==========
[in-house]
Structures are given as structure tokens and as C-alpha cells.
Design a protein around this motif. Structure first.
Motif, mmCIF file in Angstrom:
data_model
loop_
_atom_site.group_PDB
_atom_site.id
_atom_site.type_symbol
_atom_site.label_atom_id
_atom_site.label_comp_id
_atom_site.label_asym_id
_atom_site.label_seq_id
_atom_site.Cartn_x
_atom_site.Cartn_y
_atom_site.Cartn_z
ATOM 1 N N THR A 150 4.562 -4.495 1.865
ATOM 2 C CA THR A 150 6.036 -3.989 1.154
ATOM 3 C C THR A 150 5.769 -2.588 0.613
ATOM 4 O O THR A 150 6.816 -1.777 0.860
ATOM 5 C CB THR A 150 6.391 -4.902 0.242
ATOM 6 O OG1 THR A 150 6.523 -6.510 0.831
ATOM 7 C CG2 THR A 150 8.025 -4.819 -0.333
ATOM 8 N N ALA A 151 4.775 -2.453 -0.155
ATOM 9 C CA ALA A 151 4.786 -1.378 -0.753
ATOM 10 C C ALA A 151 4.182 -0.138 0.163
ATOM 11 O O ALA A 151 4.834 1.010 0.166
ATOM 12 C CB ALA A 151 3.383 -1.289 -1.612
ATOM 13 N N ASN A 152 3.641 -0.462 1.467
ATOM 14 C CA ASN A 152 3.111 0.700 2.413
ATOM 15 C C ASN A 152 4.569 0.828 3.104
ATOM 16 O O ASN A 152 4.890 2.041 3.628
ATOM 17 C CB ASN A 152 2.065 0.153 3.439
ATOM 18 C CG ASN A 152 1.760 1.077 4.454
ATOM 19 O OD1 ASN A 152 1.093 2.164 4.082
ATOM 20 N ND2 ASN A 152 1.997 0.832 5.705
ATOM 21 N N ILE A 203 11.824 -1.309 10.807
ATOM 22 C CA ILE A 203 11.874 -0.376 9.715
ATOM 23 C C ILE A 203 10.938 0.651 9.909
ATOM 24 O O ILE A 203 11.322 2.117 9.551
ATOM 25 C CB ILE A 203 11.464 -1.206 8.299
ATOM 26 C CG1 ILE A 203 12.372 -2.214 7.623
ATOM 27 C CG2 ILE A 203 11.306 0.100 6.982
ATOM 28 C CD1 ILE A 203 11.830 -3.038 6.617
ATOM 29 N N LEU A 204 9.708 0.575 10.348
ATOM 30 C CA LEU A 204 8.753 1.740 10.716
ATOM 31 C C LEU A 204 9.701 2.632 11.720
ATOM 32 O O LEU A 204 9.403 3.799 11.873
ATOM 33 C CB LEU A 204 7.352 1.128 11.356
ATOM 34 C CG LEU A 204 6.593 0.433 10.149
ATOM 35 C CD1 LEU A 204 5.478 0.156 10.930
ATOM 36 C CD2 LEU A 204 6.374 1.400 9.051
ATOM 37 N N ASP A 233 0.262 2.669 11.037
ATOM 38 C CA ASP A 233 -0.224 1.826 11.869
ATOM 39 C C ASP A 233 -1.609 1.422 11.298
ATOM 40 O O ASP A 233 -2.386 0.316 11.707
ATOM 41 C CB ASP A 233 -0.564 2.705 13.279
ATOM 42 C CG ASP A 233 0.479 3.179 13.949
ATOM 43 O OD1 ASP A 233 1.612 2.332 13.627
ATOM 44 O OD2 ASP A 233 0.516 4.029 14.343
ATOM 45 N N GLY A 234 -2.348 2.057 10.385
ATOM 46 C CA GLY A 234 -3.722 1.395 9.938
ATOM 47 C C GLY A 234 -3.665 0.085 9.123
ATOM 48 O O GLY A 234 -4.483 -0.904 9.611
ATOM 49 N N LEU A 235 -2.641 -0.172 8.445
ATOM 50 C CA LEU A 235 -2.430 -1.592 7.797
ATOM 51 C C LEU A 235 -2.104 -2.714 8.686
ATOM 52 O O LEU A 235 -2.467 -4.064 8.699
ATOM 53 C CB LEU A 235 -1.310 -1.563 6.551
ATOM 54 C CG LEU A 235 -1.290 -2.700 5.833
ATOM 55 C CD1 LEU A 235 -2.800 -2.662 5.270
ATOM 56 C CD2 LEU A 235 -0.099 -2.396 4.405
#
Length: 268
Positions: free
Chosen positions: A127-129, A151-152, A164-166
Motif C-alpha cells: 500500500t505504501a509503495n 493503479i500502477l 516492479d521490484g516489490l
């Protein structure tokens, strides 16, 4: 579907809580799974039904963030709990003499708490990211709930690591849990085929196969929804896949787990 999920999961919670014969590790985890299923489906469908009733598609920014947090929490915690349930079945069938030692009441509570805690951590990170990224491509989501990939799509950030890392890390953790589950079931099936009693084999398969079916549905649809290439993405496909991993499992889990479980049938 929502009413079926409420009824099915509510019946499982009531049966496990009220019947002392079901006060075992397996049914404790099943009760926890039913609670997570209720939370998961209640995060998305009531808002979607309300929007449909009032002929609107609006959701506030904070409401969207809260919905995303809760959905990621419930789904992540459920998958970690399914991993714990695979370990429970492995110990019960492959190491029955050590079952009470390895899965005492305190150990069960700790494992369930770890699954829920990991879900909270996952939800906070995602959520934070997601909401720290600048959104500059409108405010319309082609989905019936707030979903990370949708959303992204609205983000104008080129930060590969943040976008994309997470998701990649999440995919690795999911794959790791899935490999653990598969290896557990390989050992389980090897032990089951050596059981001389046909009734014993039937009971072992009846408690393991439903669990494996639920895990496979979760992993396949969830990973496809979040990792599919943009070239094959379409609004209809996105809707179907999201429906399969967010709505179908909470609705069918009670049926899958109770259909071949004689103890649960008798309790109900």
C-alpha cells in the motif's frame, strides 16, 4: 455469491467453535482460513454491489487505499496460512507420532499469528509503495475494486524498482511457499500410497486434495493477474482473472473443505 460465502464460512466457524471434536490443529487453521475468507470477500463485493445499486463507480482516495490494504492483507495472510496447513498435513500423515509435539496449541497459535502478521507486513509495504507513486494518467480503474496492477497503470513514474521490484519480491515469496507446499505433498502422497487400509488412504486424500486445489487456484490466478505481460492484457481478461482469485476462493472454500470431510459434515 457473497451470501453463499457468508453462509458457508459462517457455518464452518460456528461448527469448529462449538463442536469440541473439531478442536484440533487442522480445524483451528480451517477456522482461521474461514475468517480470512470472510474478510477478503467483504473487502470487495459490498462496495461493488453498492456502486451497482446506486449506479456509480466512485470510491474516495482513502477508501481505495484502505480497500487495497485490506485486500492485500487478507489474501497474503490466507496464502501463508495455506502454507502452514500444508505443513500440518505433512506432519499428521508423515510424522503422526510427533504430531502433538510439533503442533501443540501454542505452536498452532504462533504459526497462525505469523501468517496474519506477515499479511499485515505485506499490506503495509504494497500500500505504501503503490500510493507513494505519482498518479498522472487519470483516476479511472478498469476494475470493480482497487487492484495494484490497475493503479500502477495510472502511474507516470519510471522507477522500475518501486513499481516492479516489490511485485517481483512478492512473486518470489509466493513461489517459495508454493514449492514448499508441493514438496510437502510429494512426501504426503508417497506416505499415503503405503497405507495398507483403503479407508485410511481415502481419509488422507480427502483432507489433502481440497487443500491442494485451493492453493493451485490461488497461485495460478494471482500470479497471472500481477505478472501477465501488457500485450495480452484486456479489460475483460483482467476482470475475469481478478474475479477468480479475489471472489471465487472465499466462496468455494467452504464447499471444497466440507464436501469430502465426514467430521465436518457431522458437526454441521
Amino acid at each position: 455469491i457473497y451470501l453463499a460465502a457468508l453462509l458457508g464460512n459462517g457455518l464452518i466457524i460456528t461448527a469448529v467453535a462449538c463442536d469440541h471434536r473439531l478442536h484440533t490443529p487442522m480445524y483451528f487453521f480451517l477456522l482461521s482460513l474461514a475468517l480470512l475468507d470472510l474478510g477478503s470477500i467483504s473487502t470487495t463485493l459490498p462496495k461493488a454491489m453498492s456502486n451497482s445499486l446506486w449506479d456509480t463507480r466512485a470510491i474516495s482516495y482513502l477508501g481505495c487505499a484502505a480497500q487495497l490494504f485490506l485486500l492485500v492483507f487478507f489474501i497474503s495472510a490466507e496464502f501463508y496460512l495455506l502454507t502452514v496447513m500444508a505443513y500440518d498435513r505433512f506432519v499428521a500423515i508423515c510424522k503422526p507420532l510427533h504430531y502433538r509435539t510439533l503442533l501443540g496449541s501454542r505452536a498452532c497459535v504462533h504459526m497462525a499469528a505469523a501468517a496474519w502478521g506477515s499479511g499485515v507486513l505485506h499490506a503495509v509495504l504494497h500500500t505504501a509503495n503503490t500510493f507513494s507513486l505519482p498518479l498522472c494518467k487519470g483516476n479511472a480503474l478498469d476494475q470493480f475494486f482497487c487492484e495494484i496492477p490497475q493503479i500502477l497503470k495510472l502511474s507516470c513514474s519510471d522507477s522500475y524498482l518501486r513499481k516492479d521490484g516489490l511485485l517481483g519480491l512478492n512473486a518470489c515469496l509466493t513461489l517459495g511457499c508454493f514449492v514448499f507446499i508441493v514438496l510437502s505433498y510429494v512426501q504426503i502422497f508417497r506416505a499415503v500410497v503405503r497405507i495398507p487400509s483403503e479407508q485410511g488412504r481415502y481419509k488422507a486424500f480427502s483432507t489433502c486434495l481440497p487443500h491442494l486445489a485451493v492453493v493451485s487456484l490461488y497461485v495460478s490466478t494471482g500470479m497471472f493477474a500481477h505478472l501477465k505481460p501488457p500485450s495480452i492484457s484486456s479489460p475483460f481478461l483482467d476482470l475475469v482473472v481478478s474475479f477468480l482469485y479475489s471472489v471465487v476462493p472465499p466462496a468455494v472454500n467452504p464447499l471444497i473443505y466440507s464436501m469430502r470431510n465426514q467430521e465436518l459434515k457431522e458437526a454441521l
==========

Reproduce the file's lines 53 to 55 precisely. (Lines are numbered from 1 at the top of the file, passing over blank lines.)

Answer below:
ATOM 37 N N ASP A 233 0.262 2.669 11.037
ATOM 38 C CA ASP A 233 -0.224 1.826 11.869
ATOM 39 C C ASP A 233 -1.609 1.422 11.298